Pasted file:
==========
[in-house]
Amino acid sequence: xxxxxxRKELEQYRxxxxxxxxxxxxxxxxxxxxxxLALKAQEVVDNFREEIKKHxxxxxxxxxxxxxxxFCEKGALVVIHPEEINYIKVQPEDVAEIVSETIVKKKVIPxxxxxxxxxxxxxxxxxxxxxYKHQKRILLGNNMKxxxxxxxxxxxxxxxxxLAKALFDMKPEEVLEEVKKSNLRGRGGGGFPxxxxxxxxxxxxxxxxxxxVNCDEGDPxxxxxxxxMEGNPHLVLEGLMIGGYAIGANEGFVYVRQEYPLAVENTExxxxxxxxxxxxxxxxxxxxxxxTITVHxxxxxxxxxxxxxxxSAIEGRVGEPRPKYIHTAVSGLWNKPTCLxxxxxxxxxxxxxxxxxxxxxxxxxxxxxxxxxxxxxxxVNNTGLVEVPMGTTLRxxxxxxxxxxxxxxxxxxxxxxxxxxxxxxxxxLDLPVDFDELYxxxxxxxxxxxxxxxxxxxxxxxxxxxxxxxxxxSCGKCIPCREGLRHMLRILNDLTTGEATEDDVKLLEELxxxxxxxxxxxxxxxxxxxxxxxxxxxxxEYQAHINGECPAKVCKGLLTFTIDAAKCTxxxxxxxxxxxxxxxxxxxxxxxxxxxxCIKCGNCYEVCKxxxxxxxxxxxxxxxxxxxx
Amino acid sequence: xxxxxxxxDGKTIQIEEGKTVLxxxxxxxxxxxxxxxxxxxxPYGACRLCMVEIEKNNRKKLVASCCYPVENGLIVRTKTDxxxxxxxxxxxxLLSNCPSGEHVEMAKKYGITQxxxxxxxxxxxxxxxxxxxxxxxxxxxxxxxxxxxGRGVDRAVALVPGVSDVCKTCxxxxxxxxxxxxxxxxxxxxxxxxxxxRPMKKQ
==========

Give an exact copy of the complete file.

[in-house]
Amino acid sequence: xxxxxxRKELEQYRxxxxxxxxxxxxxxxxxxxxxxLALKAQEVVDNFREEIKKHxxxxxxxxxxxxxxxFCEKGALVVIHPEEINYIKVQPEDVAEIVSETIVKKKVIPxxxxxxxxxxxxxxxxxxxxxYKHQKRILLGNNMKxxxxxxxxxxxxxxxxxLAKALFDMKPEEVLEEVKKSNLRGRGGGGFPxxxxxxxxxxxxxxxxxxxVNCDEGDPxxxxxxxxMEGNPHLVLEGLMIGGYAIGANEGFVYVRQEYPLAVENTExxxxxxxxxxxxxxxxxxxxxxxTITVHxxxxxxxxxxxxxxxSAIEGRVGEPRPKYIHTAVSGLWNKPTCLxxxxxxxxxxxxxxxxxxxxxxxxxxxxxxxxxxxxxxxVNNTGLVEVPMGTTLRxxxxxxxxxxxxxxxxxxxxxxxxxxxxxxxxxLDLPVDFDELYxxxxxxxxxxxxxxxxxxxxxxxxxxxxxxxxxxSCGKCIPCREGLRHMLRILNDLTTGEATEDDVKLLEELxxxxxxxxxxxxxxxxxxxxxxxxxxxxxEYQAHINGECPAKVCKGLLTFTIDAAKCTxxxxxxxxxxxxxxxxxxxxxxxxxxxxCIKCGNCYEVCKxxxxxxxxxxxxxxxxxxxx
Amino acid sequence: xxxxxxxxDGKTIQIEEGKTVLxxxxxxxxxxxxxxxxxxxxPYGACRLCMVEIEKNNRKKLVASCCYPVENGLIVRTKTDxxxxxxxxxxxxLLSNCPSGEHVEMAKKYGITQxxxxxxxxxxxxxxxxxxxxxxxxxxxxxxxxxxxGRGVDRAVALVPGVSDVCKTCxxxxxxxxxxxxxxxxxxxxxxxxxxxRPMKKQ